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My Favorite New Toy!

I have a confession to make......

......when I use a PowerPoint presentation in my classroom, I love to use a lot of animations.....

Okay, I have said it!

I recently got a feedback from one of my buyers suggesting that I remove all of the animations from my PowerPoint presentations.  He wanted all the items on a slide to be visible at one time.  But I couldn't disagree more!  I only want my students to see what I want them to see at any given point in my lesson.  I do not include a lot of moving parts (as you see here), but I do limit the amount of information the student can see.  As I am teaching, I want the student to focus ONLY on what I am currently teaching.  When it is time to move one, then a few clicks gets the students to the next point in my lesson.  This prevents the student from simply copying from the PowerPoint without listening to the explanation.  If the student can only see one sentence at a time, then that is all they can copy!  I get to determine when they should write more information in their notes.

So, now I am getting to the point of this blog post.  I, too, was a prisoner to my computer.  I like to walk around and pace while I am teaching.  This is hard to do if you have to constantly click from your computer keyboard to get to the next PowerPoint slide.

The solution?  Buy a clicker!  I recently bought the  

"Kensington 33374 Wireless Presenter with Laser Pointerto use with my computer.  It has changed my life!  I cannot say enough good things about this product!  It is so simple to use.  Simply insert the receiver into a USB port on your computer and you are ready to go.  Not only can you click through your PowerPoint with ease, but it also has a laser pointer that can be used to direct your student's attention to a particular part of a slide.  The receiver is inserted at the base of the unit for easy storage.

The cost was around $40, but it may be the best money I have ever spent.

Can I Make Protists More Interesting For My Students?

When a biology teacher says to the class, "Today we are going to start our unit on the algae, followed by a unit on the protozoa,"  the collective groan from the class can be deafening.  Nothing can be worse to a high school kid than studying algae!  Well..... maybe studying the fungi is worse, but not by much!  

My solution?  Excitement!!  I must be a real science nerd, but I really, really like teaching this topic.  And when I get excited, my students (mostly) get excited, too.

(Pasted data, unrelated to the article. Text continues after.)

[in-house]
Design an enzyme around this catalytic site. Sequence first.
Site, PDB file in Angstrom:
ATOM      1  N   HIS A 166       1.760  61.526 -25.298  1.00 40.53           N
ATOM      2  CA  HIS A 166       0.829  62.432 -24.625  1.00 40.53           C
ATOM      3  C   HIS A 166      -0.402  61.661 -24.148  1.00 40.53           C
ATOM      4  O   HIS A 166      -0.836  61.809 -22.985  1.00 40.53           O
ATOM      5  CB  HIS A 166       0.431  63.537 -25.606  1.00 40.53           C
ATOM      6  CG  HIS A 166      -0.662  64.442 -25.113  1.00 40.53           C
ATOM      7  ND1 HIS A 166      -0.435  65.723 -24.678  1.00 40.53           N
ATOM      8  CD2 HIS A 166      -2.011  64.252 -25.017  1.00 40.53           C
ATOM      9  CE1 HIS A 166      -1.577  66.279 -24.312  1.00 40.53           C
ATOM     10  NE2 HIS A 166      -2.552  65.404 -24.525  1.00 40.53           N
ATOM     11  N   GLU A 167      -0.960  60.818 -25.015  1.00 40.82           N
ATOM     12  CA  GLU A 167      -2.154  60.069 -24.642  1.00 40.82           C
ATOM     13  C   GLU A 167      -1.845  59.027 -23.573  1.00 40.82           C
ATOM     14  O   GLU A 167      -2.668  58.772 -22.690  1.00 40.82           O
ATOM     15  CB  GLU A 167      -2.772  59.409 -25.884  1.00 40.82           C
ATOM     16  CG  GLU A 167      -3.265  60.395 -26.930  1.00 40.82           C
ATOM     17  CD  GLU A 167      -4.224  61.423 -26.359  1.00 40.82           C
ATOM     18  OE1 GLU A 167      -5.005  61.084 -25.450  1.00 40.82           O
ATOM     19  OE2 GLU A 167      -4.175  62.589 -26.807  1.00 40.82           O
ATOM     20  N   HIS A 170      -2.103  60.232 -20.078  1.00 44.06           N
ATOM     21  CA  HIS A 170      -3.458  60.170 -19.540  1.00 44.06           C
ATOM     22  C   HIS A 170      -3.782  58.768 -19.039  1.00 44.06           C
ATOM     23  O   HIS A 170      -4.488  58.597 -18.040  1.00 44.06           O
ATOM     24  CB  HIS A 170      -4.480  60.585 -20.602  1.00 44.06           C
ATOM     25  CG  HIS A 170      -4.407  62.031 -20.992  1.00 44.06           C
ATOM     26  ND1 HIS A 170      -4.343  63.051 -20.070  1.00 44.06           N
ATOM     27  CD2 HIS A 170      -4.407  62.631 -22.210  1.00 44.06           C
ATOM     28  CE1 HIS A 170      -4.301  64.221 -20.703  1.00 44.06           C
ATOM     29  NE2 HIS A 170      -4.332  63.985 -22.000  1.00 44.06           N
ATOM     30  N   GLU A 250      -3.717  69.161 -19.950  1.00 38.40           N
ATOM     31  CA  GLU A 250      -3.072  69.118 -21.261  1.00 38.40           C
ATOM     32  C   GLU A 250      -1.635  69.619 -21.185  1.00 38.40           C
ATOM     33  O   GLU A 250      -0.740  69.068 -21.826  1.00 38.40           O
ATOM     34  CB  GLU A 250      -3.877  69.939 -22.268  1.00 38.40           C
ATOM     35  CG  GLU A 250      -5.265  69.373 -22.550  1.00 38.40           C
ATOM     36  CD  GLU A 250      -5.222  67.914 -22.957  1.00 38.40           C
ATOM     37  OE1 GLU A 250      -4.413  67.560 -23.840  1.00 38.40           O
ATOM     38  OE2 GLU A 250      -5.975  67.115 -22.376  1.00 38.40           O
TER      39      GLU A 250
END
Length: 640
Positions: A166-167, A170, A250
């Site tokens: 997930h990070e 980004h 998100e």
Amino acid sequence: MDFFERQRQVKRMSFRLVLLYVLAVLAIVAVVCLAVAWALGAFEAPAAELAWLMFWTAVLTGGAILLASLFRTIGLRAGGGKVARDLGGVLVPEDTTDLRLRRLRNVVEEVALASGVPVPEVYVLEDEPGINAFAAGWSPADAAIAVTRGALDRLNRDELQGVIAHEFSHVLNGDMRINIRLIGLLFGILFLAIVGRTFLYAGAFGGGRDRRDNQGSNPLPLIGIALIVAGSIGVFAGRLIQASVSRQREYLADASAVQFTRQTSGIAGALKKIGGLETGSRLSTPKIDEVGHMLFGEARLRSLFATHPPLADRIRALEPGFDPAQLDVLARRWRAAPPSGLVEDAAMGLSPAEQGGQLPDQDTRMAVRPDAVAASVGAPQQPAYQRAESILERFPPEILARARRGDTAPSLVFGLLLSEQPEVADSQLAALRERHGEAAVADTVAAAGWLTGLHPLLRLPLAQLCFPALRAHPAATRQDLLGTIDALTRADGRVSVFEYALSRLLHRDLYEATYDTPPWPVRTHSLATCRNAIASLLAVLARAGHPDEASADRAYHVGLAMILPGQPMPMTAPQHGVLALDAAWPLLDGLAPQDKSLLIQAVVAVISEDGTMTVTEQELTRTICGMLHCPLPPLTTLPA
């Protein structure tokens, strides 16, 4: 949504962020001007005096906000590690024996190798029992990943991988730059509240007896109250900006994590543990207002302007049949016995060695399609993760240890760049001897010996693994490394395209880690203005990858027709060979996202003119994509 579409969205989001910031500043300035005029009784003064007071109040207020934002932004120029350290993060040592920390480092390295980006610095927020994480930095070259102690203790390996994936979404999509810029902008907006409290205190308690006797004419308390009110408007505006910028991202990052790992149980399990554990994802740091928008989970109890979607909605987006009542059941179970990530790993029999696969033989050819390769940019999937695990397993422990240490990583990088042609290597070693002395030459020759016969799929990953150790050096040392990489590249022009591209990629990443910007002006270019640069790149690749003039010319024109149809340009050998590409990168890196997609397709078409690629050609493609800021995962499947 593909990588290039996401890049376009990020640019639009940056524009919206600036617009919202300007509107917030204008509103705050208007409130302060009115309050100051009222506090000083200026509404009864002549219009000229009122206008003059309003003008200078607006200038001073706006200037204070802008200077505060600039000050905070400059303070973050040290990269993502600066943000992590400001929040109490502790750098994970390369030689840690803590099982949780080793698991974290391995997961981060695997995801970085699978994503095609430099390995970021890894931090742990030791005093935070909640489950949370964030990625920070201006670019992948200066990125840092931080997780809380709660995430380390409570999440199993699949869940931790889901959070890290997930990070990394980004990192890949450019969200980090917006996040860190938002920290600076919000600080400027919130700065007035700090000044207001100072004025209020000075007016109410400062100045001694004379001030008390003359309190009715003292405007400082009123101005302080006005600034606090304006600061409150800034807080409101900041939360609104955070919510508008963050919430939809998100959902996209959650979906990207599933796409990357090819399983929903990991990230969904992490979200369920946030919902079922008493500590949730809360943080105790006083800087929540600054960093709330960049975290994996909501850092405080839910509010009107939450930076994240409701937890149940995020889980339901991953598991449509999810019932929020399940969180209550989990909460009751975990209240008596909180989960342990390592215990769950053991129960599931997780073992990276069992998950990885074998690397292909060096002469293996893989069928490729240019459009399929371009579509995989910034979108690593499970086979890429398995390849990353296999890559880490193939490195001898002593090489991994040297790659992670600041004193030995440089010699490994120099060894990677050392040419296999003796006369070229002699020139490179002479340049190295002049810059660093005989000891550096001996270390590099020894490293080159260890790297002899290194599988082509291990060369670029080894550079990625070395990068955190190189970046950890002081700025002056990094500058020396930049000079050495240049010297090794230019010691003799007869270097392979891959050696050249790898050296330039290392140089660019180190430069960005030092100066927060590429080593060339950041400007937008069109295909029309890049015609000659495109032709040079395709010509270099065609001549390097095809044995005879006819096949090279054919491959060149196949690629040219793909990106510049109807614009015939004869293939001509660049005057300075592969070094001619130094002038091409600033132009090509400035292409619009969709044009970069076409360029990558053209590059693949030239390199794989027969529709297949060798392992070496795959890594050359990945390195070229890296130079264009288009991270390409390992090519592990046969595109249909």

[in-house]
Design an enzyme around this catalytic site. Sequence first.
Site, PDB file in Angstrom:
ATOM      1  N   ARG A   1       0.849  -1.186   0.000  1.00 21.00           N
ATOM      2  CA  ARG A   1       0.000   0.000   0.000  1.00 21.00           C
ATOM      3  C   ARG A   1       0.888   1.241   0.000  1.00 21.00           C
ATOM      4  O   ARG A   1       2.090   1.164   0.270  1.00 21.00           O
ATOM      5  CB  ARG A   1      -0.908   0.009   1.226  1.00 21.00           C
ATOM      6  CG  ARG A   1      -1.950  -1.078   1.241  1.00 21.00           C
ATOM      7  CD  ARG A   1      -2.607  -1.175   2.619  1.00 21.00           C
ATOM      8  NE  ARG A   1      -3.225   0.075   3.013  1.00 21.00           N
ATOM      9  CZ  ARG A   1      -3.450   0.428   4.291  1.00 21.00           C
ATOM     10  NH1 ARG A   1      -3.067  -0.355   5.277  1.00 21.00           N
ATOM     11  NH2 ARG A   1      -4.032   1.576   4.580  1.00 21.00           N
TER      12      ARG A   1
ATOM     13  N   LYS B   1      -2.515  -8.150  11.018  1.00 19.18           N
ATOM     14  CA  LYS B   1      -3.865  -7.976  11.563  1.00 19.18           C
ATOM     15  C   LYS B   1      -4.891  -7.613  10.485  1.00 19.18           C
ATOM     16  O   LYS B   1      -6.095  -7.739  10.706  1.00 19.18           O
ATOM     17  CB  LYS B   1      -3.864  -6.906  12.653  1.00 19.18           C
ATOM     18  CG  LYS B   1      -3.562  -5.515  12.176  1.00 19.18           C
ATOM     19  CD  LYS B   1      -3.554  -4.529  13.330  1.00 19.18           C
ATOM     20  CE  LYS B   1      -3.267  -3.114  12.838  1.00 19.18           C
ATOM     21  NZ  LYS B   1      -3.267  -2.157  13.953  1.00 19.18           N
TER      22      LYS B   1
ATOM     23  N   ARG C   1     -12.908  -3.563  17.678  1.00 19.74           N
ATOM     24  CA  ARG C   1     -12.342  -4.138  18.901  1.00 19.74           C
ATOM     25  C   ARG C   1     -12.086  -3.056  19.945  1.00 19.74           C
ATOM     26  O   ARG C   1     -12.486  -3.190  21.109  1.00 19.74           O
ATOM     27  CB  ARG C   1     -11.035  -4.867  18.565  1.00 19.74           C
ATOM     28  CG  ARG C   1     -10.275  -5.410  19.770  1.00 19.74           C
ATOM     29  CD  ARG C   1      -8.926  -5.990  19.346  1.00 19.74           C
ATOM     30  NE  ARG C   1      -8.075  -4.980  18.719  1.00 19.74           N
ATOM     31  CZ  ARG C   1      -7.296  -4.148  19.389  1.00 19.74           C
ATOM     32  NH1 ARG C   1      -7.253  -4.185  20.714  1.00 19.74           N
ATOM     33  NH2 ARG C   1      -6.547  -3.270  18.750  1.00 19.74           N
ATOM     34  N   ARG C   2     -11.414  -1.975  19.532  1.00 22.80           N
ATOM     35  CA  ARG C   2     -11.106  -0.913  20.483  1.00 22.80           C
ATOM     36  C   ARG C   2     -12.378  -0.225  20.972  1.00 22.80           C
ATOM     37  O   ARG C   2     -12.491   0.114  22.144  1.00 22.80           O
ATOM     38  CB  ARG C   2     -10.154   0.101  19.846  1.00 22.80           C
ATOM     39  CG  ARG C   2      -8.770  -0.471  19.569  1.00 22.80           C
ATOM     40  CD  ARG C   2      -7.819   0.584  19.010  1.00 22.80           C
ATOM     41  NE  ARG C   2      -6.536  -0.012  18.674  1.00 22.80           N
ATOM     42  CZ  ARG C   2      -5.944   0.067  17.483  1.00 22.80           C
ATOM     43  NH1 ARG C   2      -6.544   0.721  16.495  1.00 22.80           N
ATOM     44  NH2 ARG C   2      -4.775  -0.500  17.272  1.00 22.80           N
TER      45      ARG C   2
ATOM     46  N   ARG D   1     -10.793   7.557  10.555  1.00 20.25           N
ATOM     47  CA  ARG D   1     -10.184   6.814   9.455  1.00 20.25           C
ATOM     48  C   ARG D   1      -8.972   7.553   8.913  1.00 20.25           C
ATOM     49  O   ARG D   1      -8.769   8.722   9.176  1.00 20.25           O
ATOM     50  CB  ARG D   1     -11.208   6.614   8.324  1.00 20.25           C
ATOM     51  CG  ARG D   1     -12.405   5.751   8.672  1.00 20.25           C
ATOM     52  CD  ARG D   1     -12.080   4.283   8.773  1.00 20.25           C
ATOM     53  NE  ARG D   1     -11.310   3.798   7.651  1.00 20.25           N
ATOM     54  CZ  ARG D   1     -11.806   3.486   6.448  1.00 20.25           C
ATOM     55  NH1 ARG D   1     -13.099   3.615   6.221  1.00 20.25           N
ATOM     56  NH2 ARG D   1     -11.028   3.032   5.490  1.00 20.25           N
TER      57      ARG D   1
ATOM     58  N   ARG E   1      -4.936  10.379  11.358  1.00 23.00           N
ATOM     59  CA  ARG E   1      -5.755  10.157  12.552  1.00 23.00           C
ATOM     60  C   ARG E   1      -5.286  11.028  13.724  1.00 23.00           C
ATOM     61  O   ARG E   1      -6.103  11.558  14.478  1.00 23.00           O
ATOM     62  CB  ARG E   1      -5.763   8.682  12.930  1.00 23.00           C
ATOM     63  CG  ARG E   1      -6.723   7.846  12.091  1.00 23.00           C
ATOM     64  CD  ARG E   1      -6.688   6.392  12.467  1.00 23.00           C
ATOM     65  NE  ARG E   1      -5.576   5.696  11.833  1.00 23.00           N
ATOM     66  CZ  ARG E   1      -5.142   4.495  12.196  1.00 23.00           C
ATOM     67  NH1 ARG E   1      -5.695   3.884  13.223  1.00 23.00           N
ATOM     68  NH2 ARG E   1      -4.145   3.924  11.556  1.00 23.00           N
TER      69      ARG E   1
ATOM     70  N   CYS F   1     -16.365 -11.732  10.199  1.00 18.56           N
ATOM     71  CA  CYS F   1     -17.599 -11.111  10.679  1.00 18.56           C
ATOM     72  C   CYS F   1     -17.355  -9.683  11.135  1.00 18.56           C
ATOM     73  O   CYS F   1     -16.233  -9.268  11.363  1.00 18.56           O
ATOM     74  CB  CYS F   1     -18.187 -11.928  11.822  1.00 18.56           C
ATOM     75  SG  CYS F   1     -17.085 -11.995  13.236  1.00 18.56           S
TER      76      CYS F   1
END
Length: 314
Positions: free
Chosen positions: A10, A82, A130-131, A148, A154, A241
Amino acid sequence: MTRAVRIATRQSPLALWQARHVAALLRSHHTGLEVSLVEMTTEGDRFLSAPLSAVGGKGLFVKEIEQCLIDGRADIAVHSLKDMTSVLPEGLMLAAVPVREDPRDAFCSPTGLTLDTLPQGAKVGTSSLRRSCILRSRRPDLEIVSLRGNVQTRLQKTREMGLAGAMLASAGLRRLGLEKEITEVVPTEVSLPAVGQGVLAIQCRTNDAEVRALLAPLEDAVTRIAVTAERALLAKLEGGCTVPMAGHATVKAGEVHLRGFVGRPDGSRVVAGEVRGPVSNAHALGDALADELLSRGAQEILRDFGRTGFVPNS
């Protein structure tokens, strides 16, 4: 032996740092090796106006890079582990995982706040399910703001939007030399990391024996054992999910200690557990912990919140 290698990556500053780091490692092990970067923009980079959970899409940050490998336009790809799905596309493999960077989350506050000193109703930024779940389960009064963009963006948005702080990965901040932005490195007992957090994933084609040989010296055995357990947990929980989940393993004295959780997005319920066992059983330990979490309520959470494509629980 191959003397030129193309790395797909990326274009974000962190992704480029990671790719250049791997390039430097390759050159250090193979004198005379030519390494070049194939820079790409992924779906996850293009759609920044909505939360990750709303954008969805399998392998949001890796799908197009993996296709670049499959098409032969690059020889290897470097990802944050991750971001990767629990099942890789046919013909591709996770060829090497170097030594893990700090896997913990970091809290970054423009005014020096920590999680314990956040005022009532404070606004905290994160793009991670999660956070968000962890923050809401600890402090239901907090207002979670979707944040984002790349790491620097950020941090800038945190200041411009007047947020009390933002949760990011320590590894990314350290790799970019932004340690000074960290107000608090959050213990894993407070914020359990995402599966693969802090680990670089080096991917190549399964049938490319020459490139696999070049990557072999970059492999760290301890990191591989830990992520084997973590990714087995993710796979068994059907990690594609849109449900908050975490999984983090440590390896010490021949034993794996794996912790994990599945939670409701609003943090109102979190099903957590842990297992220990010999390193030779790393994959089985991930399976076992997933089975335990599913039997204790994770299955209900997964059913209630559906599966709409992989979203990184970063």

The Protista Kingdom contains all organisms that cannot be classified as fungi, true plants or animals.  The range and variety of organisms in this kingdom is huge!  Some protists  are more closely related to plants, fungi, or animals than they are to other protists.  Biologists cannot agree on how to classify these organisms, and some scientists have now split the Protista Kingdom into as many as 20 different kingdoms.  The term "protist" is still used as a convenient way to refer to eukaryotes that are neither plants, animals, or fungi.

This school year, I wanted to give my unit on protists a little extra punch.  I wanted to make it as visual as possible, so I put together a brand new PowerPoint presentation that covers both the algae and the protozoans.  Wow!  It ended up being 99 slides long with handouts for my students of 19 pages.  I did break this up into two units of study, though.  I first covered the algae and gave a unit test on just algae, followed by a unit on protozoans.  

I packed the PowerPoint with color and as many cool photographs as possible.  

Once taught, this is material that needs reinforcement if I expect my students to remember it on test day.  I made a second PowerPoint that is just slide after slide of review questions.  My high school students like review games, so I put them into small groups and made a contest of it.  I would project a question and each group would take a turn at the answer until the question had been answered correctly.  I kept score and awarded a box of Little Debbie Santa Claus Brownies to the winning group.

And finally, we finished it all up with a lab on the living protists.  My students love to watch anything that moves under a microscope.  I purchased a culture of Paramecium, Euglena, Amoeba, Diatoms, Spirogyra, Volvox, and Stentor (my personal favorite!) Oddly enough, my students really enjoyed a mixed culture of 6 algae that came with a dichotomous key.  They had to find the 6 different algae in the culture and name them using dichotomous classification key.

All in all, the unit on Protists was not as bad as it seemed at first.  Most students escaped unharmed.